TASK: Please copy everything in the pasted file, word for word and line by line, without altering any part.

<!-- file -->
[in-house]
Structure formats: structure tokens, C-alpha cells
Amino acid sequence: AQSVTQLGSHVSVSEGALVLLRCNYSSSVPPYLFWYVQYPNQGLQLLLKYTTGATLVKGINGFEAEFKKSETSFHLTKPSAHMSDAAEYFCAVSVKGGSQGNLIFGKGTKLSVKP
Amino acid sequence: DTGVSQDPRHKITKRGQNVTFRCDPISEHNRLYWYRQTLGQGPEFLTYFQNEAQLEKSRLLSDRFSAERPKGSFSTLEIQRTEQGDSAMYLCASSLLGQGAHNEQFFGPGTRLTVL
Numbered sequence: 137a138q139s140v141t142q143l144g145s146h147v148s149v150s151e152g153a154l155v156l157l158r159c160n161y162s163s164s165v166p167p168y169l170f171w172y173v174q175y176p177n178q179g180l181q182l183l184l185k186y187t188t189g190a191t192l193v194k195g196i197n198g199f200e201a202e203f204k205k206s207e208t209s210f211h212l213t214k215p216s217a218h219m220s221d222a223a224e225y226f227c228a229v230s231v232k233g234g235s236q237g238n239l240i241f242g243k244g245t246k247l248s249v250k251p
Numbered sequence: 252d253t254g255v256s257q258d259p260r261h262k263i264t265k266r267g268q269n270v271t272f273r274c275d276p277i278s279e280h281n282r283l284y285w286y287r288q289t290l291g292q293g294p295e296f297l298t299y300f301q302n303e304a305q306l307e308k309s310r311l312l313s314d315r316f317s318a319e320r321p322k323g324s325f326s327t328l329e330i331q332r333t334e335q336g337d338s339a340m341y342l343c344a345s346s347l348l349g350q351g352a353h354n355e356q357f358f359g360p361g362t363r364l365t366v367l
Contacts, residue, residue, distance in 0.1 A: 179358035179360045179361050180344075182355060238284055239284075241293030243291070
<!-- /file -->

[in-house]
Structure formats: structure tokens, C-alpha cells
Amino acid sequence: AQSVTQLGSHVSVSEGALVLLRCNYSSSVPPYLFWYVQYPNQGLQLLLKYTTGATLVKGINGFEAEFKKSETSFHLTKPSAHMSDAAEYFCAVSVKGGSQGNLIFGKGTKLSVKP
Amino acid sequence: DTGVSQDPRHKITKRGQNVTFRCDPISEHNRLYWYRQTLGQGPEFLTYFQNEAQLEKSRLLSDRFSAERPKGSFSTLEIQRTEQGDSAMYLCASSLLGQGAHNEQFFGPGTRLTVL
Numbered sequence: 137a138q139s140v141t142q143l144g145s146h147v148s149v150s151e152g153a154l155v156l157l158r159c160n161y162s163s164s165v166p167p168y169l170f171w172y173v174q175y176p177n178q179g180l181q182l183l184l185k186y187t188t189g190a191t192l193v194k195g196i197n198g199f200e201a202e203f204k205k206s207e208t209s210f211h212l213t214k215p216s217a218h219m220s221d222a223a224e225y226f227c228a229v230s231v232k233g234g235s236q237g238n239l240i241f242g243k244g245t246k247l248s249v250k251p
Numbered sequence: 252d253t254g255v256s257q258d259p260r261h262k263i264t265k266r267g268q269n270v271t272f273r274c275d276p277i278s279e280h281n282r283l284y285w286y287r288q289t290l291g292q293g294p295e296f297l298t299y300f301q302n303e304a305q306l307e308k309s310r311l312l313s314d315r316f317s318a319e320r321p322k323g324s325f326s327t328l329e330i331q332r333t334e335q336g337d338s339a340m341y342l343c344a345s346s347l348l349g350q351g352a353h354n355e356q357f358f359g360p361g362t363r364l365t366v367l
Contacts, residue, residue, distance in 0.1 A: 179358035179360045179361050180344075182355060238284055239284075241293030243291070